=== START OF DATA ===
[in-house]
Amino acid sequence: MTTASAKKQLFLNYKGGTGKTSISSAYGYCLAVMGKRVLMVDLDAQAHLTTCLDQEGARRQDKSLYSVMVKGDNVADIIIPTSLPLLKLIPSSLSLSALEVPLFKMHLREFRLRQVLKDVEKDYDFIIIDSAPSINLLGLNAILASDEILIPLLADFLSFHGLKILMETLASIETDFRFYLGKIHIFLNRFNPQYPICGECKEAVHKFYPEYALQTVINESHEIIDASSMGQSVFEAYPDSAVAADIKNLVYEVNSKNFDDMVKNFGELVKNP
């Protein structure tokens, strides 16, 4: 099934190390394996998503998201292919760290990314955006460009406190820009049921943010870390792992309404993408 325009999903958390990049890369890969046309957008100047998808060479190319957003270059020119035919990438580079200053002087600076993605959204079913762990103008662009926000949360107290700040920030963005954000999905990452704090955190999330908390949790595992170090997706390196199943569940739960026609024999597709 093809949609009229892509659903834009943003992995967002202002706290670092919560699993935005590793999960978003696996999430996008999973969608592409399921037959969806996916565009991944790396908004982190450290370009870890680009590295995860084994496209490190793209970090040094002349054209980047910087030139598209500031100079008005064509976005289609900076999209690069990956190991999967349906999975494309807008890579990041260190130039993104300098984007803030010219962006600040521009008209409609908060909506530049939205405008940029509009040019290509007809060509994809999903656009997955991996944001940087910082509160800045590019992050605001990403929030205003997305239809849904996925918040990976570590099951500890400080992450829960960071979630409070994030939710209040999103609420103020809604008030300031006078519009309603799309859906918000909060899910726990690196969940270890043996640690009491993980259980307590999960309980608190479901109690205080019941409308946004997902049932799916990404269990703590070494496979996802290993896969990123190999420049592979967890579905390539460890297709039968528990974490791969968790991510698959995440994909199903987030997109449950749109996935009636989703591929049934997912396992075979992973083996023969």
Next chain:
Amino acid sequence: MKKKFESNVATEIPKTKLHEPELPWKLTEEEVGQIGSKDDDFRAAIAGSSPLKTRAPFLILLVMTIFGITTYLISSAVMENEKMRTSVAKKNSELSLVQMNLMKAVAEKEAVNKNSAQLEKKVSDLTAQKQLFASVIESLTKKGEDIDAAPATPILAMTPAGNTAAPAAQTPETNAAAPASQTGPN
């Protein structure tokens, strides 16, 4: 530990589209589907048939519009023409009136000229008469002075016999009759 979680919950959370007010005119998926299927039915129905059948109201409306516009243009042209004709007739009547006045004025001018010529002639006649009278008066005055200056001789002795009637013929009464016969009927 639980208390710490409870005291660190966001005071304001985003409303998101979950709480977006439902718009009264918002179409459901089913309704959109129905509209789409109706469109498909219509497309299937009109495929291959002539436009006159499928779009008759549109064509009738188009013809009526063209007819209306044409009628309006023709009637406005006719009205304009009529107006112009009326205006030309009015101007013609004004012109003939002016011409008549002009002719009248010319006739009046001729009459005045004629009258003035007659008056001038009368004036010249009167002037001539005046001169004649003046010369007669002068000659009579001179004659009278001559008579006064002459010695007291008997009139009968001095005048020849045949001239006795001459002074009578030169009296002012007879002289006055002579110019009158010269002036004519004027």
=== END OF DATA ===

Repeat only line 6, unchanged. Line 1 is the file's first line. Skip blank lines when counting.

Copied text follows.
């Protein structure tokens, strides 16, 4: 530990589209589907048939519009023409009136000229008469002075016999009759 979680919950959370007010005119998926299927039915129905059948109201409306516009243009042209004709007739009547006045004025001018010529002639006649009278008066005055200056001789002795009637013929009464016969009927 639980208390710490409870005291660190966001005071304001985003409303998101979950709480977006439902718009009264918002179409459901089913309704959109129905509209789409109706469109498909219509497309299937009109495929291959002539436009006159499928779009008759549109064509009738188009013809009526063209007819209306044409009628309006023709009637406005006719009205304009009529107006112009009326205006030309009015101007013609004004012109003939002016011409008549002009002719009248010319006739009046001729009459005045004629009258003035007659008056001038009368004036010249009167002037001539005046001169004649003046010369007669002068000659009579001179004659009278001559008579006064002459010695007291008997009139009968001095005048020849045949001239006795001459002074009578030169009296002012007879002289006055002579110019009158010269002036004519004027």